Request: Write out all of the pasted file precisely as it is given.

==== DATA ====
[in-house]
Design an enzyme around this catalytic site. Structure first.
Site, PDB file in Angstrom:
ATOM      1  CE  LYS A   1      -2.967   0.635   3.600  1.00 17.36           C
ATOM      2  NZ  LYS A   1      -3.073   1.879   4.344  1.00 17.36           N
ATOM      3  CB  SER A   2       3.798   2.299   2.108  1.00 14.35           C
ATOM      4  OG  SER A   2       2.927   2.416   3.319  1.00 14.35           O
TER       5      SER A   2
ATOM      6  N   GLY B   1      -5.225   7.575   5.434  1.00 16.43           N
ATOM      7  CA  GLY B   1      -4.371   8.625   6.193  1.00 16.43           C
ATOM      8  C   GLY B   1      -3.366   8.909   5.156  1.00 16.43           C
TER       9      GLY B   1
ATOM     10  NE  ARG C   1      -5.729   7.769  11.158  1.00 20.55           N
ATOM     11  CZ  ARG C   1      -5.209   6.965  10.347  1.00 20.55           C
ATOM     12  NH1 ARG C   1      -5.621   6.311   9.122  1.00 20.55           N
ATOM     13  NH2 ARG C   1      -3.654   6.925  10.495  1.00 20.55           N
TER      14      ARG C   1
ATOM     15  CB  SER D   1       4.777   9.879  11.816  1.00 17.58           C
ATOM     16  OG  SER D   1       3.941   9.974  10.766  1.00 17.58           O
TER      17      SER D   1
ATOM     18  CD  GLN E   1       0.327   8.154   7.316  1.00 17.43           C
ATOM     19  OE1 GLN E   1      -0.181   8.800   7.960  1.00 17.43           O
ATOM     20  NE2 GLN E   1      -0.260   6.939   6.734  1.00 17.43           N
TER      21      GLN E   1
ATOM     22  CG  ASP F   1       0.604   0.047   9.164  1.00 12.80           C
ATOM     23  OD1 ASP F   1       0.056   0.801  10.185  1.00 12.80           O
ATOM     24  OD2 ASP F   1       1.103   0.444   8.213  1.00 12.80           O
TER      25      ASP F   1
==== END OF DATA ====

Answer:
[in-house]
Design an enzyme around this catalytic site. Structure first.
Site, PDB file in Angstrom:
ATOM      1  CE  LYS A   1      -2.967   0.635   3.600  1.00 17.36           C
ATOM      2  NZ  LYS A   1      -3.073   1.879   4.344  1.00 17.36           N
ATOM      3  CB  SER A   2       3.798   2.299   2.108  1.00 14.35           C
ATOM      4  OG  SER A   2       2.927   2.416   3.319  1.00 14.35           O
TER       5      SER A   2
ATOM      6  N   GLY B   1      -5.225   7.575   5.434  1.00 16.43           N
ATOM      7  CA  GLY B   1      -4.371   8.625   6.193  1.00 16.43           C
ATOM      8  C   GLY B   1      -3.366   8.909   5.156  1.00 16.43           C
TER       9      GLY B   1
ATOM     10  NE  ARG C   1      -5.729   7.769  11.158  1.00 20.55           N
ATOM     11  CZ  ARG C   1      -5.209   6.965  10.347  1.00 20.55           C
ATOM     12  NH1 ARG C   1      -5.621   6.311   9.122  1.00 20.55           N
ATOM     13  NH2 ARG C   1      -3.654   6.925  10.495  1.00 20.55           N
TER      14      ARG C   1
ATOM     15  CB  SER D   1       4.777   9.879  11.816  1.00 17.58           C
ATOM     16  OG  SER D   1       3.941   9.974  10.766  1.00 17.58           O
TER      17      SER D   1
ATOM     18  CD  GLN E   1       0.327   8.154   7.316  1.00 17.43           C
ATOM     19  OE1 GLN E   1      -0.181   8.800   7.960  1.00 17.43           O
ATOM     20  NE2 GLN E   1      -0.260   6.939   6.734  1.00 17.43           N
TER      21      GLN E   1
ATOM     22  CG  ASP F   1       0.604   0.047   9.164  1.00 12.80           C
ATOM     23  OD1 ASP F   1       0.056   0.801  10.185  1.00 12.80           O
ATOM     24  OD2 ASP F   1       1.103   0.444   8.213  1.00 12.80           O
TER      25      ASP F   1